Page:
Prince Charles was visiting Wales this week, and while there pledged his support to the National Trust’s Save the Herd campaign. He was at Dinefwr Park in Llandeilo, and the herd concerned are the rare White Park Cattle. They have been at the park for many centuries; reference is made to a substantial herd of white cattle owned by the Lord of Dinefwr in the tenth century. The Prince of Wales donated towards the Trust’s target of £36,000 to buy new bull and cows; there are currently only about 750 breeding cows spread throughout the world which are registered, and DNA checked as being pure White Park Cattle.
The breed is an ancient breed of horned cattle which may well date back to the Roman times and beyond. There is a reference in the writings of Pliny to a sacrifice of two white bulls from around 43AD, and further indications from place-names, the island of Inishbofin of the coast of Connemara translates to being the island of the white cattle. It is quite possible that the breed originated in Ireland and then spread throughout the British Isles with trading and the movement of people.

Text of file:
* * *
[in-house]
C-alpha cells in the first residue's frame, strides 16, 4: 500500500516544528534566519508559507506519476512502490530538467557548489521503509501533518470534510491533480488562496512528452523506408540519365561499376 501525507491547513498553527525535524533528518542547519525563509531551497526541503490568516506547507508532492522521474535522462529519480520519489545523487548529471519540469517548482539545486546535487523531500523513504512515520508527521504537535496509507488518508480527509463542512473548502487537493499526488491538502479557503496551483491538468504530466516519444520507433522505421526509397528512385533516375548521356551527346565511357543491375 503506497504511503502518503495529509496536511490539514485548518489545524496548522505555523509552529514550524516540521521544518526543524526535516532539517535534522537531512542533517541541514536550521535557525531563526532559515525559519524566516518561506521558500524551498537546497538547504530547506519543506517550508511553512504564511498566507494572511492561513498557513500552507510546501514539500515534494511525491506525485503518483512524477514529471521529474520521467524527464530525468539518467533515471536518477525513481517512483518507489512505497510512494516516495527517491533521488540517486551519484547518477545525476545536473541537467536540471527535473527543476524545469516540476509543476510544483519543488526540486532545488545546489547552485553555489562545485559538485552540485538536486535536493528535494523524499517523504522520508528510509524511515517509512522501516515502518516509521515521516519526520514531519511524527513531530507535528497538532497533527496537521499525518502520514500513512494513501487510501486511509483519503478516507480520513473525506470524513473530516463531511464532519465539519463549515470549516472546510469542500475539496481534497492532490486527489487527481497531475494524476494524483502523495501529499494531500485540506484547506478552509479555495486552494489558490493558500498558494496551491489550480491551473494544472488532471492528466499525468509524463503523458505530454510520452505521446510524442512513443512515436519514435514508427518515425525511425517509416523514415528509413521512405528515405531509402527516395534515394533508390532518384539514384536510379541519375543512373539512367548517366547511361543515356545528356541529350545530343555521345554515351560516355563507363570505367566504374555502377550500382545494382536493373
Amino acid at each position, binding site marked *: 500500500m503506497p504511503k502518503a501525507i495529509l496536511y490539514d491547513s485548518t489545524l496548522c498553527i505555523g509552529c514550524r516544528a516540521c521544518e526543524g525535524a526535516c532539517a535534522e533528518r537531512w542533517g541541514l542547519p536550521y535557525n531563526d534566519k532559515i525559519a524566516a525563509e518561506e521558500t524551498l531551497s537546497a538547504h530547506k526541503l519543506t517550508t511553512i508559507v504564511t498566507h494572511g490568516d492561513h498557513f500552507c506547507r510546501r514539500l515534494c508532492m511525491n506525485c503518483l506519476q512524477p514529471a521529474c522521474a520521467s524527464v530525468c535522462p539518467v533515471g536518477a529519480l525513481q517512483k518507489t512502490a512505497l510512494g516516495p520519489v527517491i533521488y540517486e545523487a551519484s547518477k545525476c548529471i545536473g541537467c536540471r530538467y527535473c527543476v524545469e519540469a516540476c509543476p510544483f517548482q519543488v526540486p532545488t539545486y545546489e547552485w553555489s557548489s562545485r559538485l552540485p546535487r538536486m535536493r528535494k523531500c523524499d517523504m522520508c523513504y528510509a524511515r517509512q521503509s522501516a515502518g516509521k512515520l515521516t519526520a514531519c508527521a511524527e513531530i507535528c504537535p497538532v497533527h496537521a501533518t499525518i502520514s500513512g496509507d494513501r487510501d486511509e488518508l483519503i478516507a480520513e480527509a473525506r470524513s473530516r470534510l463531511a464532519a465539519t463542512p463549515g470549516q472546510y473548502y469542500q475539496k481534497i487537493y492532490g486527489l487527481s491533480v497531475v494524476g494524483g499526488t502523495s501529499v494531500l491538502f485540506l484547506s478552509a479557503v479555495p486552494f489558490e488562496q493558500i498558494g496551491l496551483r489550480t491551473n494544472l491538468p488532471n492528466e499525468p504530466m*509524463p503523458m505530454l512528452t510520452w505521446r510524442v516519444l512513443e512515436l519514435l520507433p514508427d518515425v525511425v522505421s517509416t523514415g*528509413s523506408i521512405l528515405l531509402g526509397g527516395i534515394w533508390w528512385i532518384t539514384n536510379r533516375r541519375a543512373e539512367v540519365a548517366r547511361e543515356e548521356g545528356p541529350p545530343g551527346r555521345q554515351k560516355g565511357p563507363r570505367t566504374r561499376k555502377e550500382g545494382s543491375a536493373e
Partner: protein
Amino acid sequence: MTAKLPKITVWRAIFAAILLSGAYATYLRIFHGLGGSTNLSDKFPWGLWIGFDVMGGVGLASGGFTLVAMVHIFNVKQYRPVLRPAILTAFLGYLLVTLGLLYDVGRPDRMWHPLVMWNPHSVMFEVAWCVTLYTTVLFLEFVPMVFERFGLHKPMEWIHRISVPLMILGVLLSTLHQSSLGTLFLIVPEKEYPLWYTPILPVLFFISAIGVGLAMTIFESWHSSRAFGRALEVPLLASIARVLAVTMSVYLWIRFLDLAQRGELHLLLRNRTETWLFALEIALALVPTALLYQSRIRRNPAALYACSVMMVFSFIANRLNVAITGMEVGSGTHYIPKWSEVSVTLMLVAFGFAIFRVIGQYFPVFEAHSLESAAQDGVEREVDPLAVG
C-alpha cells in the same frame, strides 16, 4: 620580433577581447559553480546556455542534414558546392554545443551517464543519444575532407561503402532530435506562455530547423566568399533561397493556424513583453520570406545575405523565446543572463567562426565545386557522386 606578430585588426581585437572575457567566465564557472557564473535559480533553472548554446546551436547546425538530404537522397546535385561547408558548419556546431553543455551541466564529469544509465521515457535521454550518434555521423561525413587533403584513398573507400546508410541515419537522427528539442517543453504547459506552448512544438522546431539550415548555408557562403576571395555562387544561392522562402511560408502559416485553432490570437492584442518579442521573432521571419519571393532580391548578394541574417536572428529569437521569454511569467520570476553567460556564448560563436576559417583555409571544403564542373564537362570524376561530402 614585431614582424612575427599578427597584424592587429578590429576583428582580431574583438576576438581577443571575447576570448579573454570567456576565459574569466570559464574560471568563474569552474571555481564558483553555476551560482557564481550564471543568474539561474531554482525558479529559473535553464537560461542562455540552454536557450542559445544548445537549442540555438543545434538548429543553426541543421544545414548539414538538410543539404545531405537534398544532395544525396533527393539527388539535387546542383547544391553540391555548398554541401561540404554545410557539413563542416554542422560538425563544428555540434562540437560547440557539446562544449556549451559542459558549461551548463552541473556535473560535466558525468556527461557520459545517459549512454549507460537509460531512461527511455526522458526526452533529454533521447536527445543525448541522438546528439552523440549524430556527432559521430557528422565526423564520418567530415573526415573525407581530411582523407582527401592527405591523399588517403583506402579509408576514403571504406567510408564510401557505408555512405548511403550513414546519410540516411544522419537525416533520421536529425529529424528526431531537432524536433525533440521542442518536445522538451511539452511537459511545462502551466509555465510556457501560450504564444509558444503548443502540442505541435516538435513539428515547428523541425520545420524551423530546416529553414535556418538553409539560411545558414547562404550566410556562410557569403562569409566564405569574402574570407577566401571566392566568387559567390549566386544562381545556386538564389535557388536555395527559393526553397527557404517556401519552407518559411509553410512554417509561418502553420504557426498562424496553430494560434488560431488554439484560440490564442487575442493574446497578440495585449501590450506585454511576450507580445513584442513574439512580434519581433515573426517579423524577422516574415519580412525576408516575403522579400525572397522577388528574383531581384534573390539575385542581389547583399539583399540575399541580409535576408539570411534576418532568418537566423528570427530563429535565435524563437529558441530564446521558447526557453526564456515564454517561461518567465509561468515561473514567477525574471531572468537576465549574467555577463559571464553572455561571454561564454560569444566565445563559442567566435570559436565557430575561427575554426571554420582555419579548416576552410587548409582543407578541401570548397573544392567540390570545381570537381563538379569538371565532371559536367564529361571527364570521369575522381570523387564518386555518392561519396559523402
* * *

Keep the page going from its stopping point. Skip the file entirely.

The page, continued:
In the early nineteenth century, there were around a dozen herds of White Park Cattle; however, since there has been a decline until the latter part of the twentieth century and the formation of the rare breeds trust. Currently in the UK, in addition to the herd at Dinefwr, there is a herd at Woburn and a smaller herd at a rare breed farm in Cambridgeshire.
As well as visiting Llandeilo, the Prince also visited Torfaen and saw the work of a charity on another subject close to his heart – climate change. The Prince saw the outreach work of the charity Size of Wales; the charity runs education programmes to teach children about the importance of rain forests and to help act to reverse Climate Change. Prince Charles met children from Blenheim Road Community Primary on one of the programmes and helped them plant a tree.